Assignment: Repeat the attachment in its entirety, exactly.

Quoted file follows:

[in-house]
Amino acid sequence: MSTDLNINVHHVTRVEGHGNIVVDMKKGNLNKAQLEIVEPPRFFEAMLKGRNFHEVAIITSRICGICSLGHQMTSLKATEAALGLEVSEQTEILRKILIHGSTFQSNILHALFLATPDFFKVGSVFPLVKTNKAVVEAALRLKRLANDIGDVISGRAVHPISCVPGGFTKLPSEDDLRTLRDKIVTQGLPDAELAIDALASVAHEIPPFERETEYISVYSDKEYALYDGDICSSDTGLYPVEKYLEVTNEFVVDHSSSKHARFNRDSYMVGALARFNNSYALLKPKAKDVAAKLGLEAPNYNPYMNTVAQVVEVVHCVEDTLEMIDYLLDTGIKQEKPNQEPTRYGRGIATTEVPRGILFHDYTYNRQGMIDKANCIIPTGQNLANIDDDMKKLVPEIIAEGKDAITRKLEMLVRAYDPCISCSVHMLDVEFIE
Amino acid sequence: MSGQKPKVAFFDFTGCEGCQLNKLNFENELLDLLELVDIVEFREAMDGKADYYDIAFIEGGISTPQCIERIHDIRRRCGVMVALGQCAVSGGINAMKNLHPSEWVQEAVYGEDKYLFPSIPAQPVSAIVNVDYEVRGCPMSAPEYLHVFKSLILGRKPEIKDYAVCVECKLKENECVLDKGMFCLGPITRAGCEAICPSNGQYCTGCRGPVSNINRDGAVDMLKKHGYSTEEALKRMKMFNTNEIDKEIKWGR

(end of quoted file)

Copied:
[in-house]
Amino acid sequence: MSTDLNINVHHVTRVEGHGNIVVDMKKGNLNKAQLEIVEPPRFFEAMLKGRNFHEVAIITSRICGICSLGHQMTSLKATEAALGLEVSEQTEILRKILIHGSTFQSNILHALFLATPDFFKVGSVFPLVKTNKAVVEAALRLKRLANDIGDVISGRAVHPISCVPGGFTKLPSEDDLRTLRDKIVTQGLPDAELAIDALASVAHEIPPFERETEYISVYSDKEYALYDGDICSSDTGLYPVEKYLEVTNEFVVDHSSSKHARFNRDSYMVGALARFNNSYALLKPKAKDVAAKLGLEAPNYNPYMNTVAQVVEVVHCVEDTLEMIDYLLDTGIKQEKPNQEPTRYGRGIATTEVPRGILFHDYTYNRQGMIDKANCIIPTGQNLANIDDDMKKLVPEIIAEGKDAITRKLEMLVRAYDPCISCSVHMLDVEFIE
Amino acid sequence: MSGQKPKVAFFDFTGCEGCQLNKLNFENELLDLLELVDIVEFREAMDGKADYYDIAFIEGGISTPQCIERIHDIRRRCGVMVALGQCAVSGGINAMKNLHPSEWVQEAVYGEDKYLFPSIPAQPVSAIVNVDYEVRGCPMSAPEYLHVFKSLILGRKPEIKDYAVCVECKLKENECVLDKGMFCLGPITRAGCEAICPSNGQYCTGCRGPVSNINRDGAVDMLKKHGYSTEEALKRMKMFNTNEIDKEIKWGR